Financial Relief, Finances In Divorce Questions. These Questions are some of the questions asked at meetings with clients during our advice sessions at Garner & Hancock Solicitors.
These are abbreviated answers for assistance and general guidance and this does not replace good legal advice.
What can they be used for?
- Questions you might like to ask your solicitor. It is always difficult to remember what to ask.
- By reading the answers you might think of other questions which might be important in your case.
- You can make wise decisions before you go down the route of divorce and financial division of your assets.
- Most websites give large sections of prose writing, questions and answers are a good way of finding your way through this complex area and can help get rid of any misconceptions.
Free Legal Assessment of your case.
If you would like a free assessment of financial matters, please complete the CONFIDENTIAL FINANCIAL QUESTIONNAIRE, and email it to us. One of our Solicitors will phone you with our opinion. Please note this is an initial assessment based on the information you have given us.
Please also read carefully our notice on giving legal advice, Click here.
Questions and Answers
1.What is Ancillary Relief?
This is the name given to the financial proceedings brought between spouses either during or after Divorce.
2.How do you start financial proceedings?
Your divorce/judicial separation proceedings must have started as the case number used for the financial proceedings is the same. You start with Form A and a Court fee of £255 plus Legal Costs.
3.What are the alternatives to starting financial proceedings?
4.Why should my solicitor be a member of Resolution, previously known as the Solicitors Family Law Association?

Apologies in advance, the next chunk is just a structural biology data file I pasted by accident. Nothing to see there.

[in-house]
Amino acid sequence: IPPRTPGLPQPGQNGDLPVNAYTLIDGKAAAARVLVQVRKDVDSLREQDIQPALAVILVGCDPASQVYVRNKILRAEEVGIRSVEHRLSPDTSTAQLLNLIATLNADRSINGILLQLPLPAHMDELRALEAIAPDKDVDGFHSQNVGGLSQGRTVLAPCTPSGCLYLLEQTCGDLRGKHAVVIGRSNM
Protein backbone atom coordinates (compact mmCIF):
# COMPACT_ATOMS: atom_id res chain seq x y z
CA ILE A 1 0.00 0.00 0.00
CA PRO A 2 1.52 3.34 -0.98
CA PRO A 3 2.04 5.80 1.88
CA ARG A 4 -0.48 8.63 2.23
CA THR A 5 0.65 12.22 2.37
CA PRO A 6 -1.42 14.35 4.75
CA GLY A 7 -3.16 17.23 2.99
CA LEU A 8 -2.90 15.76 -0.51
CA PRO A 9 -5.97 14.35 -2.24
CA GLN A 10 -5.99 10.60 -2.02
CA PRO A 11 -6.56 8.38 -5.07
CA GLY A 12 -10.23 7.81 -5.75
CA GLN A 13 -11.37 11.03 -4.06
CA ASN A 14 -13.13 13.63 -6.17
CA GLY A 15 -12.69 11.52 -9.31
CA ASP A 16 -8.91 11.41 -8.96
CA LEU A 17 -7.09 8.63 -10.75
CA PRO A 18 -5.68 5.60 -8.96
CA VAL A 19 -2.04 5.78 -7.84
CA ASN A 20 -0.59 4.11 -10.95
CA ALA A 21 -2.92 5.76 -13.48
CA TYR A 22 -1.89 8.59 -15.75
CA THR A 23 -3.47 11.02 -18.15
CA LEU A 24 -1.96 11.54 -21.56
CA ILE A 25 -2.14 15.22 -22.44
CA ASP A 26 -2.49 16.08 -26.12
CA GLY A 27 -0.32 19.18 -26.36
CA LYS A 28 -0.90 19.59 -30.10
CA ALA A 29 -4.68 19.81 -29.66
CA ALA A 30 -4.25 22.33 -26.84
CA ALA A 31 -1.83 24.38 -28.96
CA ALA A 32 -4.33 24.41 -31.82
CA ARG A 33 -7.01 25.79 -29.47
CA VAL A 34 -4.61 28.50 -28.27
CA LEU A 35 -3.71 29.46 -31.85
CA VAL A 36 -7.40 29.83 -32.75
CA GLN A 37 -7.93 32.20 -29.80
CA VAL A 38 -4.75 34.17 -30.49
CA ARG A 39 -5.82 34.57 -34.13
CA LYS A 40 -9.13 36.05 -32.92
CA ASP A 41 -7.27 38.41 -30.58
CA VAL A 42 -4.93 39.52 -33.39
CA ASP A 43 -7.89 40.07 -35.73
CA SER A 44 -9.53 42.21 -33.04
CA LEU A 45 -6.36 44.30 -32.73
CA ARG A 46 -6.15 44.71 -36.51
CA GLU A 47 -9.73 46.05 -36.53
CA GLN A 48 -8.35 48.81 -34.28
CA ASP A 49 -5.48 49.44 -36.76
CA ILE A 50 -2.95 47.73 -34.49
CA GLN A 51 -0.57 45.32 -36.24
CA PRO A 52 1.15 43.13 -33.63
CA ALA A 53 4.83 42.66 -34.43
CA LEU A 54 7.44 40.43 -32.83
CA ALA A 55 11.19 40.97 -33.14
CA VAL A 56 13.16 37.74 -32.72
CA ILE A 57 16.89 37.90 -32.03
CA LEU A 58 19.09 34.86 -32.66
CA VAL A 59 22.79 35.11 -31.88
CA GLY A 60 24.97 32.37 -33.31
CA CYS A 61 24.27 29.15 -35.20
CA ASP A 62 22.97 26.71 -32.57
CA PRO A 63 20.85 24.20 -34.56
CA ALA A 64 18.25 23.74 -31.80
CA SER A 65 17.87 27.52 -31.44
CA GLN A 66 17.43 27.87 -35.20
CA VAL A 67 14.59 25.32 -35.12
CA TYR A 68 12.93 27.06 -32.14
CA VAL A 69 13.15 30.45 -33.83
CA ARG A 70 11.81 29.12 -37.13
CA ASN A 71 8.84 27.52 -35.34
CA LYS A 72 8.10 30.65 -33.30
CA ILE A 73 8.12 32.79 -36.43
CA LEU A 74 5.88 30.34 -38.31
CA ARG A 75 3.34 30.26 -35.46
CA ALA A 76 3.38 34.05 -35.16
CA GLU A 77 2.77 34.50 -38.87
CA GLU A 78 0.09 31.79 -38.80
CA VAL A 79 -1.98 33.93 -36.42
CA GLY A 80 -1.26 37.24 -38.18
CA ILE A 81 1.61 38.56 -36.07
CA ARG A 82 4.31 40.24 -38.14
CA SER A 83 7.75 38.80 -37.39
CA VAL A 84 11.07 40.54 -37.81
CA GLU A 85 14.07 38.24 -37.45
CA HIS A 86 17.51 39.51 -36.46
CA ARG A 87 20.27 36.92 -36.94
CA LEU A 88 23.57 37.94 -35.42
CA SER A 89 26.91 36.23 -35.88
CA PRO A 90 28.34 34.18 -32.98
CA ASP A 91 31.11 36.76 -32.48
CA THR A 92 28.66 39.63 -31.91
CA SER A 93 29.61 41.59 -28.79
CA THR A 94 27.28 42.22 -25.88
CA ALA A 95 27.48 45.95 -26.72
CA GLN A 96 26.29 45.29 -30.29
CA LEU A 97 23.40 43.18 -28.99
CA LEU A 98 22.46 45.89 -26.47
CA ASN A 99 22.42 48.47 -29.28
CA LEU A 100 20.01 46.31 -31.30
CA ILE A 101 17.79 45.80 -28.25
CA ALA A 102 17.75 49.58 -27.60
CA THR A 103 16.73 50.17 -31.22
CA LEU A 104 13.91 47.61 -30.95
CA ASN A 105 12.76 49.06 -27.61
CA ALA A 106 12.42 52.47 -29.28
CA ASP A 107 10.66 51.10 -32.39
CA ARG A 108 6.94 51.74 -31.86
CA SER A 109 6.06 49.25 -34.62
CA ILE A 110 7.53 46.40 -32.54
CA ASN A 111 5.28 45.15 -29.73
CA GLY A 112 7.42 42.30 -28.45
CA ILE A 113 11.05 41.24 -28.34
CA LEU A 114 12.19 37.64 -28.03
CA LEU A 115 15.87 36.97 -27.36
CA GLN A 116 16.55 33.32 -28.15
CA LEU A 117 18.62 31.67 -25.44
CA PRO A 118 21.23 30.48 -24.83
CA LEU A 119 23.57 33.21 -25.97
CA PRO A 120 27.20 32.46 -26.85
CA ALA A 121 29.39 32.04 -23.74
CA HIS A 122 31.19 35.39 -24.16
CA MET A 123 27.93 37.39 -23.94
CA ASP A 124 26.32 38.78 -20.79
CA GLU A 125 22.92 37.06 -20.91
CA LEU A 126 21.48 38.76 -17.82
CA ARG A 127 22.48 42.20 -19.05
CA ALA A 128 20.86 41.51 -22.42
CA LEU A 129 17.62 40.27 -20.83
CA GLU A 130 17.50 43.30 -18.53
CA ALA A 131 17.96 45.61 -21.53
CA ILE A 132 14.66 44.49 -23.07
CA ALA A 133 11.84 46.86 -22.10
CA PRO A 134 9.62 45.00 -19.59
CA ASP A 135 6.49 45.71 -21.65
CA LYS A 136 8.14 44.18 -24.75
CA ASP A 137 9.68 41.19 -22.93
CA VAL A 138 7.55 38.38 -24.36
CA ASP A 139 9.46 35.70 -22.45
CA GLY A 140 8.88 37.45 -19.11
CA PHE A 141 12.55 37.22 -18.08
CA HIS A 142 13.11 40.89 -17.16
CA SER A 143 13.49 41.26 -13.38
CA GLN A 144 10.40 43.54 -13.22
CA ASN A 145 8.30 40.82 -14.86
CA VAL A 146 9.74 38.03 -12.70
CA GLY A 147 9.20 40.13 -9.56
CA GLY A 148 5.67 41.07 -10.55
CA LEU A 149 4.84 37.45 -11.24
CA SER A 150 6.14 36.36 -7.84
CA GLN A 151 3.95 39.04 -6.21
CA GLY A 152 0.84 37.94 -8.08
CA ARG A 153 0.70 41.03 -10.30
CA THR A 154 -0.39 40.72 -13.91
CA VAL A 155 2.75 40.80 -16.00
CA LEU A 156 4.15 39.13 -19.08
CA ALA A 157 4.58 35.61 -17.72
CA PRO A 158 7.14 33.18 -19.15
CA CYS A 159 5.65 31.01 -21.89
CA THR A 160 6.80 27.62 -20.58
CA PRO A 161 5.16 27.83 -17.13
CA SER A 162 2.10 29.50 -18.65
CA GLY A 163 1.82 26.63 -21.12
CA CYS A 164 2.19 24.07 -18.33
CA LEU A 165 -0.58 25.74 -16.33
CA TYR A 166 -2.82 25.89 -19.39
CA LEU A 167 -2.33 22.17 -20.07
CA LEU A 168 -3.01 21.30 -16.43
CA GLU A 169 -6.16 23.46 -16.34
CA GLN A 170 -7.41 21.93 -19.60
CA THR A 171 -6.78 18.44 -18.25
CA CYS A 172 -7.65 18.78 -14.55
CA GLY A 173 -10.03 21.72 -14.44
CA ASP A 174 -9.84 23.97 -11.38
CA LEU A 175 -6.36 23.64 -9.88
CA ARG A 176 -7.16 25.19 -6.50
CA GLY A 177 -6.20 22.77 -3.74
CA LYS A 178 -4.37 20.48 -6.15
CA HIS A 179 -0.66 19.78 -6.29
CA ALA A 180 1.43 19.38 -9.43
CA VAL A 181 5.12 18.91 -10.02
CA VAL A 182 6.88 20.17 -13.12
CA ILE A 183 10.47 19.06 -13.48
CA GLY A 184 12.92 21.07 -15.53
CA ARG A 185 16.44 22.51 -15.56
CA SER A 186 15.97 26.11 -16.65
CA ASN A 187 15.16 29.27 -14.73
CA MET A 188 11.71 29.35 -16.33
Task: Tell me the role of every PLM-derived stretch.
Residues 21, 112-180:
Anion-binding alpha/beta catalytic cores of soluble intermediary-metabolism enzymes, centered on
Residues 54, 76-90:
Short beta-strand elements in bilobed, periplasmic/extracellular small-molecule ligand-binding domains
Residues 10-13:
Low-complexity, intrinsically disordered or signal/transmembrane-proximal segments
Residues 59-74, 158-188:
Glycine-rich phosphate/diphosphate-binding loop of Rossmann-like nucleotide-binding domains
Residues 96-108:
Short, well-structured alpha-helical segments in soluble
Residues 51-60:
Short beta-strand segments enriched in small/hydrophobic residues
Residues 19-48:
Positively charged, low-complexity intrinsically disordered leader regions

They are usually experts in family law, they adhere to a non-confrontational approach which can save you money and will avoid unnecessary acrimonious letters toing and froing between the solicitors, saving you legal costs.
5.When should I be dealing with the financial matters with my spouse?
This should be done immediately, as it will take time to deal with the practicalities. But you can only issue financial proceedings (as a final order can only be granted/sealed) after the decree Nisi.
6.My wife and I want to wait to deal with the finances, we only want to separate now.
How about dealing with a separation agreement? This is an outline of your intention as to the finances, the divorce and the children. This can be helpful if you want to separate but do not want to go through the court proceedings now.
7.We have agreed all the finances, do we still have to go to court?
If you both have agreed on a sensible financial division, you should still both have independent legal advice. You should also disclose to each other your respective finances. You can deal with a final agreement (also called a consent order) without going to court.
8.Helping you with the Form E –
At Garner & Hancock, we help you complete the Form E so that you do not prejudice your case. Click here for our full Article
9.We have agreed all the finances and the divorce. Can we use one solicitor?
Solicitors cannot act if there is a potential conflict of interest. A solicitor could act but must cease to do so in the following circumstances:
- If he/she believes that each has different interests or that one party is at a disadvantage,
- If one person’s needs requires more protection than the other,
- If one of you asks a question that could prejudice the other
Therefore, it is better to have separate solicitors so that each can ask the solicitor freely whether the agreement reached is a fair one.
10.My spouse has stopped maintenance, what should I do?
- Start proceedings called Maintenance Pending Suit, which deals with maintenance until the final order is dealt with.
- Start full-blown financial proceedings so that a decision on the overall finances is also made.
- Go to Mediation, or use the collaborative law to assist in the negotiations.
11.Can I buy a house whilst all my divorce and financial proceedings are going on?